Ten days later, on Wednesday, July 26, we find Lovecraft writing again from Sonia’s apartment in Brooklyn: somehow she had managed to persuade him to undertake the long trip to Cleveland to see Galpin and Loveman. He spent only three days in a stopover in New York (clearly staying in Sonia’s apartment, while she again presumably stayed with the neighbour), for on Saturday, July 29, at 6.30 P.M., he boarded the Lake Shore Limited at Grand Central Station for the long train ride to Cleveland. The midwestern scenery did not impress him: “It is quite unlike—and inferior to—New England, having vast level stretches, sparser vegetation and foliage, and different types of architecture. (Flatter roofs, etc.) The villages are insufferably dismal—like ‘Main St.’ They have no ancient features, and totally lack the mellow charm and scenery which make New-England villages so delightful.”[87] The reference to Sinclair Lewis’s novel of 1920 does not mean that Lovecraft had actually read it, since it was both a critical and popular success and was no doubt on everybody’s tongue; Babbitt (1922) would come out later that summer and would add several words to the English language—Babbitesque, Babbitry—that Lovecraft, in his Decadent épater le bourgeois phase, would find very useful.

  The train ride took sixteen hours, and Lovecraft arrived in Cleveland at 10.30 A.M. on the 30th. He was greeted at the station by Galpin, who, Lovecraft recognised immediately. Their initial exchange of greetings was not a very distinguished one for these two Nietzschean philosophers:

  “So this is my Son Alfredus!”

  “It sure is!”

  But after that a steady stream of conversation flowed. Lovecraft stayed until August 15, mostly at Galpin’s residence at 9231 Birchdale Avenue (the building is now no longer standing). Their habits were roughly in accord with Lovecraft’s own behaviour-patterns at home: “We rise at noon, eat twice a day, and retire after midnight . . .” Lovecraft takes pride in telling Lillian how boyish and unconventional he has become: he has given up wearing his vest and has bought a belt (probably because of the hot weather); he has bought soft collars for the first time; and he is going about hatless like Galpin except on formal occasions. “Can you picture me vestless, hatless, soft-collared, and belted, ambling about with a boy of twenty, as if I were no older?” But Lovecraft is careful to reassure Lillian that no social faux pas is being committed: “One can be free and easy in a provincial city—when I hit New York again I shall resume the solemn manner and sedate vestments befitting my advanced years . . .”

  An interesting note on the state of Lovecraft’s physical and psychological health is recorded in a later letter to Lillian:

  As for the kind of time I am having—it is simply great! I have just the incentive I need to keep me active & free from melancholy, & I look so well that I doubt if any Providence person would know me by sight! I have no headaches or depressed spells—in short, I am for the time being really alive & in good health & spirits. The companionship of youth & artistic taste is what keeps one going![88]

  And Lovecraft would later wonder why, around the age of thirty, his health suddenly began to improve! Freedom from his mother’s (and, to a lesser degree, his aunts’) stifling control, travel to different parts of the country, and the company of congenial friends who regarded him with fondness, respect, and admiration will do wonders for a cloistered recluse who never travelled more than a hundred miles away from home up to the age of thirty-one.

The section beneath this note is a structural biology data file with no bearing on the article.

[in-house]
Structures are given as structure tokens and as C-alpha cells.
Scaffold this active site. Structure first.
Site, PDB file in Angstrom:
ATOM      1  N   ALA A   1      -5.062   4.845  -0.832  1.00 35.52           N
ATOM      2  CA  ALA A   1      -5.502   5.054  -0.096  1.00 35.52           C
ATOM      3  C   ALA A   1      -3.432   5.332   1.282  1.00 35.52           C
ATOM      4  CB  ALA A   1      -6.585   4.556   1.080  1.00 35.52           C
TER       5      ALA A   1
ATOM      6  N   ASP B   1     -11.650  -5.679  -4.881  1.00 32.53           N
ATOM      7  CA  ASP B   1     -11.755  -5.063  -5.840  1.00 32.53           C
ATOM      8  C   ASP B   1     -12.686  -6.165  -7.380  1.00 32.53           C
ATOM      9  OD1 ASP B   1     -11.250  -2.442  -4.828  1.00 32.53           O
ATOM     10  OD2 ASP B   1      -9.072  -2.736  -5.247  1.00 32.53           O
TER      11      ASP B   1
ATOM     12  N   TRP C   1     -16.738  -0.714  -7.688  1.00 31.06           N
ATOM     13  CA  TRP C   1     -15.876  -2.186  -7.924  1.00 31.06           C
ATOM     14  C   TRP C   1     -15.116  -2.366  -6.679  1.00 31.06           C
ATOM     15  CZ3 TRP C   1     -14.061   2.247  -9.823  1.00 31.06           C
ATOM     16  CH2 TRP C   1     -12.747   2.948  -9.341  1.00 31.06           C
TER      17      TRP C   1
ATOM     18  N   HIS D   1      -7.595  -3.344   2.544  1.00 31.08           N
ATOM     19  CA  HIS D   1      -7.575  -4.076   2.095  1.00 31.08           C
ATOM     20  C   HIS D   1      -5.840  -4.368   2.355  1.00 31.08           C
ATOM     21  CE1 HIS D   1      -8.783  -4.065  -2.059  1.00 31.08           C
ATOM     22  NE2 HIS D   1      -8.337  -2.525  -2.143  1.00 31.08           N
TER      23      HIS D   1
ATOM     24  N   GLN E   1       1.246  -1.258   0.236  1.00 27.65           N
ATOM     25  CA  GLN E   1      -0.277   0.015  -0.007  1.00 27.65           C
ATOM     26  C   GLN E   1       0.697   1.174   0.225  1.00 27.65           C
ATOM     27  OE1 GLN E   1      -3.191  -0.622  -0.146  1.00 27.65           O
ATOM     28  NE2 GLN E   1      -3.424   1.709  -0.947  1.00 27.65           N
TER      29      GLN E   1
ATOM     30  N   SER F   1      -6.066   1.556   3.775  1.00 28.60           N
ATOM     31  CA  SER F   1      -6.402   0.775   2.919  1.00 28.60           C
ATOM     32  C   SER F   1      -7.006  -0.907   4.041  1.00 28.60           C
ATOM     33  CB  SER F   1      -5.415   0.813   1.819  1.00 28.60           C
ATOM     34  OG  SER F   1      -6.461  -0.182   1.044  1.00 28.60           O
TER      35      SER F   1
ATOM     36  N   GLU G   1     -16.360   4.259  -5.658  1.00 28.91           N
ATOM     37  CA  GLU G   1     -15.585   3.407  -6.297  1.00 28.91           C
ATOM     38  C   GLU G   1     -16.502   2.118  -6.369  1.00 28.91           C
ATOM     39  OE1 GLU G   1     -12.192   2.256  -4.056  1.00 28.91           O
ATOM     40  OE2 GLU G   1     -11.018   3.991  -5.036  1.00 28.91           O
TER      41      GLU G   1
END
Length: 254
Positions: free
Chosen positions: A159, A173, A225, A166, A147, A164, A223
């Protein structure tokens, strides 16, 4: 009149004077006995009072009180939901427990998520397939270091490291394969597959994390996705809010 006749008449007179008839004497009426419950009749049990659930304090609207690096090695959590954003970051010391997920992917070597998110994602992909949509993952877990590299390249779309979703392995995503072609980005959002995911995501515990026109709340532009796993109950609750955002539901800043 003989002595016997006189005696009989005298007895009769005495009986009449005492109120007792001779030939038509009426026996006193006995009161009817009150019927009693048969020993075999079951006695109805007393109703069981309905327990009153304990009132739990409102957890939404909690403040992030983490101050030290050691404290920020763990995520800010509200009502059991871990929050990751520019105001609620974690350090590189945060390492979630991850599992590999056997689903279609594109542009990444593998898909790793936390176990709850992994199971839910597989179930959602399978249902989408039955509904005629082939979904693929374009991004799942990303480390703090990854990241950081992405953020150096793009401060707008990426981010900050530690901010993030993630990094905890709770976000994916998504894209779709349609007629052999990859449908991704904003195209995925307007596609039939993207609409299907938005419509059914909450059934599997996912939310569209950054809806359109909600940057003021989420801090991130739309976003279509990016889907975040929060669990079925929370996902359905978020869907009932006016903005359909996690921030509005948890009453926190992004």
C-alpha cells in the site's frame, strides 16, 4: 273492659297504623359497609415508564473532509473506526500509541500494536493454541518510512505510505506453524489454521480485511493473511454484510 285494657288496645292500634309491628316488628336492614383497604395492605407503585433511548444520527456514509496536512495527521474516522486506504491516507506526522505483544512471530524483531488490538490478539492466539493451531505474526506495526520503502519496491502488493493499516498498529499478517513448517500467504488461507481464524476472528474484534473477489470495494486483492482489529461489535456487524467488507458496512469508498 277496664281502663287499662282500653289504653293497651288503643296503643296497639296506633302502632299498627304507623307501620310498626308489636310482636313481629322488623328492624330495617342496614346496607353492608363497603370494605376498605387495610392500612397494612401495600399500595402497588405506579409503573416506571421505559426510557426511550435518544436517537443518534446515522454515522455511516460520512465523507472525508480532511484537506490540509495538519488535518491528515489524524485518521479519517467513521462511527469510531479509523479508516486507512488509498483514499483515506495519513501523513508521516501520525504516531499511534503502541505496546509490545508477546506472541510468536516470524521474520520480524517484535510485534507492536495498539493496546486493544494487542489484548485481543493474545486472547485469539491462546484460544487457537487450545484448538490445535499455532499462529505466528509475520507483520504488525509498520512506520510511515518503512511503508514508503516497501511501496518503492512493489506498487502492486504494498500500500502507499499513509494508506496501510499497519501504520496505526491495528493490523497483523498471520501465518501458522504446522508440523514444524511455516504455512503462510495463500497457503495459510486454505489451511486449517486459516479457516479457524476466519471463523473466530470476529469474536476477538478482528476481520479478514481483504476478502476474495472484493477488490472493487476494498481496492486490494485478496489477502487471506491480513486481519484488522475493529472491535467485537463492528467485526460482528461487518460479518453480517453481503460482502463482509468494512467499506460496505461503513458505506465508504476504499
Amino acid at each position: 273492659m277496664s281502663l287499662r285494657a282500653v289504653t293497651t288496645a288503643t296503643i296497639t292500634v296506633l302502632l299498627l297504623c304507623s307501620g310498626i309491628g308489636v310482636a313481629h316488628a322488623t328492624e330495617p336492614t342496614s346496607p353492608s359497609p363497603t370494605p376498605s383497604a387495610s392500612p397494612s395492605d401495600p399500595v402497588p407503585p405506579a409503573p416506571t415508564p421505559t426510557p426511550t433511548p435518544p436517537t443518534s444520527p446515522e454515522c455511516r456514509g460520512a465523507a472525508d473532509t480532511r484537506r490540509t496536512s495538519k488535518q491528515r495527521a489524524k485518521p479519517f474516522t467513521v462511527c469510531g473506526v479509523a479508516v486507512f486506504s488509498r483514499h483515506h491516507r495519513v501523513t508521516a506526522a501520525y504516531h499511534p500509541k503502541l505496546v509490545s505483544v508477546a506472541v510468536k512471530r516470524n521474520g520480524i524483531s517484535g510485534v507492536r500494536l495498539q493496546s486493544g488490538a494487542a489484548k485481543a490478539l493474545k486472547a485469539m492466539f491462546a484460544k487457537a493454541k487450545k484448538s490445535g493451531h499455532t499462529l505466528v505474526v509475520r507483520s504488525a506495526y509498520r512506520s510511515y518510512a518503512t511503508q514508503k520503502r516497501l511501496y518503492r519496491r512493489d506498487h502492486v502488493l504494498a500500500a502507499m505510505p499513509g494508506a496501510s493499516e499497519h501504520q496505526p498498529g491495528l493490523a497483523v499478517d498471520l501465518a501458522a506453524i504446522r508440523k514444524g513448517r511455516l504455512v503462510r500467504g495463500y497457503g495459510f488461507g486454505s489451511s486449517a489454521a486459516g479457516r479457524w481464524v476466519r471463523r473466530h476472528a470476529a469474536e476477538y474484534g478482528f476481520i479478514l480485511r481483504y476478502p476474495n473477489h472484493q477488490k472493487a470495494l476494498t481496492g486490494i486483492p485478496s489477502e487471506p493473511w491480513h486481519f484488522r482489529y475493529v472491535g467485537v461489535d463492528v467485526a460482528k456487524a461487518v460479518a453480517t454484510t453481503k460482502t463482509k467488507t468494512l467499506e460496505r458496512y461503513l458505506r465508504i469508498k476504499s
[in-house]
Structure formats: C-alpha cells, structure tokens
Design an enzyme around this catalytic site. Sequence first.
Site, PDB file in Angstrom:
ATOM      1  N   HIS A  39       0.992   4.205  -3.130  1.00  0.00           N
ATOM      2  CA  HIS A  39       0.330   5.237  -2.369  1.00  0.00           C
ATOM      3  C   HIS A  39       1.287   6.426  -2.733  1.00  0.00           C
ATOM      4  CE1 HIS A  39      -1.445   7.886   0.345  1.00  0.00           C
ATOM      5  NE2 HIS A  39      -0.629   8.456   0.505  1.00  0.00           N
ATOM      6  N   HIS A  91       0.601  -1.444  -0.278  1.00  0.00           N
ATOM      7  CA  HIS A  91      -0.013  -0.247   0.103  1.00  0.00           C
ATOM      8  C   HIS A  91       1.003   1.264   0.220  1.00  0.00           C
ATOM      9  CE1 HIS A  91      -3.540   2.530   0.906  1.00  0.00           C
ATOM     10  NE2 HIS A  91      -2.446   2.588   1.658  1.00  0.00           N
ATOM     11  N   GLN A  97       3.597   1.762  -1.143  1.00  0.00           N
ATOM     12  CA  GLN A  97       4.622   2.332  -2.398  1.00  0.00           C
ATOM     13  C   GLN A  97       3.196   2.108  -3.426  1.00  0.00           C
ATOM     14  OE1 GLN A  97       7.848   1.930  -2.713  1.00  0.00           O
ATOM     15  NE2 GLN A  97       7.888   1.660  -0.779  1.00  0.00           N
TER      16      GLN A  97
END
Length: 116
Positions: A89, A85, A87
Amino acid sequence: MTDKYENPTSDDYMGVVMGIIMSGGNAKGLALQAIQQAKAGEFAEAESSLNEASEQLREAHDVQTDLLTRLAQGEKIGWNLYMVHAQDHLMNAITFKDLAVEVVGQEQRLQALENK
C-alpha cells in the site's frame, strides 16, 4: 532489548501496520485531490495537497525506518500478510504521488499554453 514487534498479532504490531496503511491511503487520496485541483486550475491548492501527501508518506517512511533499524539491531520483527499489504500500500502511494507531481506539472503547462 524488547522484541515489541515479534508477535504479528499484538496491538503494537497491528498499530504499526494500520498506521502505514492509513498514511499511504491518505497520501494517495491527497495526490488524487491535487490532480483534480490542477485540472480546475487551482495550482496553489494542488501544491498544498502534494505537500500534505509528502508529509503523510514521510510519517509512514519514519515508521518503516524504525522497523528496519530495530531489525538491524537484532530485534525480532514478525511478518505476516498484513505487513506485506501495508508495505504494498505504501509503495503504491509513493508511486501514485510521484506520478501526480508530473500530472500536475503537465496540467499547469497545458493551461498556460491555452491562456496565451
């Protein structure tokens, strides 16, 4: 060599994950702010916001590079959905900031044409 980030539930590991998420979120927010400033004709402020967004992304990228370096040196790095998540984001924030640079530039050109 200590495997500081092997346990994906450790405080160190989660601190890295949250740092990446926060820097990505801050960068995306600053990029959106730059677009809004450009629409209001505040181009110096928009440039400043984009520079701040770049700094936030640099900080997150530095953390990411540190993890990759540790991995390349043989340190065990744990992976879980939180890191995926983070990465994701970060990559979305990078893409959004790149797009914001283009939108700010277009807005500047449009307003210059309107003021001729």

Naturally, they met Samuel Loveman (staying at the Lonore Apartments around the corner) frequently, and it was through Loveman that Lovecraft met several other distinguished littérateurs—George Kirk (1898–1962), the bookseller who had just published Loveman’s edition of Ambrose Bierce’s Twenty-one Letters (1922), and, most notably, the young Hart Crane (1899–1932) and his circle of literary and artistic friends. Lovecraft reports attending a meeting of “all the members of Loveman’s literary circle”: “It gave me a novel sensation to be ‘lionised’ so much beyond my deserts by men as able as the painter Summers [sic], Loveman, Galpin, &c. I met some new figures—Crane the poet, Lazar [sic], an ambitious young literary student now in the army, & a delightful young fellow named Carroll Lawrence, who writes weird stories & wants to see all of mine.”[89] I shall have more to say about both Kirk and Crane later, since Lovecraft would meet them again during his New York period; for now we can note this brief meeting with William Sommer, the watercolourist and draughtsman, William Lescaze, later to become an internationally known architect, Edward Lazare (whom Lovecraft would meet again in New York, and who in later years would become distinguished as a longtime editor of American Book-Prices Current), and others of Crane’s circle. Crane had just begun to publish his poetry in magazines, although his first volume, White Buildings, would not appear until 1926. Lovecraft must, however, have read Crane’s “Pastorale” (in the Dial for October 1921), for he wrote a parody of it entitled “Plaster-All.” While an amusing take-off of what Lovecraft believed to be the formless free verse of the modernists, the poem is really a sort of impressionistic—dare one say imagistic?—account of his Cleveland trip:

  Here it was,

  That in the light of an interpreter,

  Soon I met and succeeded

  In surrounding myself

  With a few of the Intelligentsia

  That Cleveland affords,

  Loveman, Sommer, Lescaze, Hatfield, Guenther. . . .

  But Loveman

  Left the fold early
pity, yes!

  The mention of the minor composer Gordon Hatfield is interesting, since by all accounts this is the first openly homosexual person Lovecraft ever met. His response—as recorded about a year and a half later—is predictable: “To be sure, I recall him! Dear, dear! how he used to sit cross-legged on the floor at Eglin’s, little white sailor’s cap tucked gracefully under one arm, sport shirt open at the neck, gazing soulfully up at Samuelus and discoursing of arts and harmonies of life! I’m afraid he thought me a very crude, stupid, commonplace, masculine sort of person . . .”[90] He says elsewhere: “I didn’t know whether to kiss it or kill it!”[91] Interestingly, he remarks that Hatfield and Crane were mortal enemies. Evidently Lovecraft either did not know that Crane was gay (as was Loveman) or never held it against him—probably the former.

  Another person with whom Lovecraft came into contact at this time, although only by correspondence, was Clark Ashton Smith. Loveman and Smith were longtime correspondents, and the former showed Lovecraft Smith’s paintings and sketches, while Galpin and Kirk, respectively, presented Lovecraft with copies of Smith’s early collections of poetry, The Star-Treader and Other Poems (1912) and Odes and Sonnets (1918). So taken was Lovecraft with both the pictorial and literary material that he forthwith wrote Smith a fan letter toward the end of his Cleveland stay:

  I trust you will pardon the liberty taken by an absolute stranger in writing you, for I cannot refrain from expressing the appreciation aroused in me by your drawings & poetry, as shown me by my friend, Mr. Samuel Loveman, whom I am now visiting in Cleveland. Your book, containing matter only chronologically classifiable as juvenilia, impresses me as a work of the most distinguished genius . . .[92]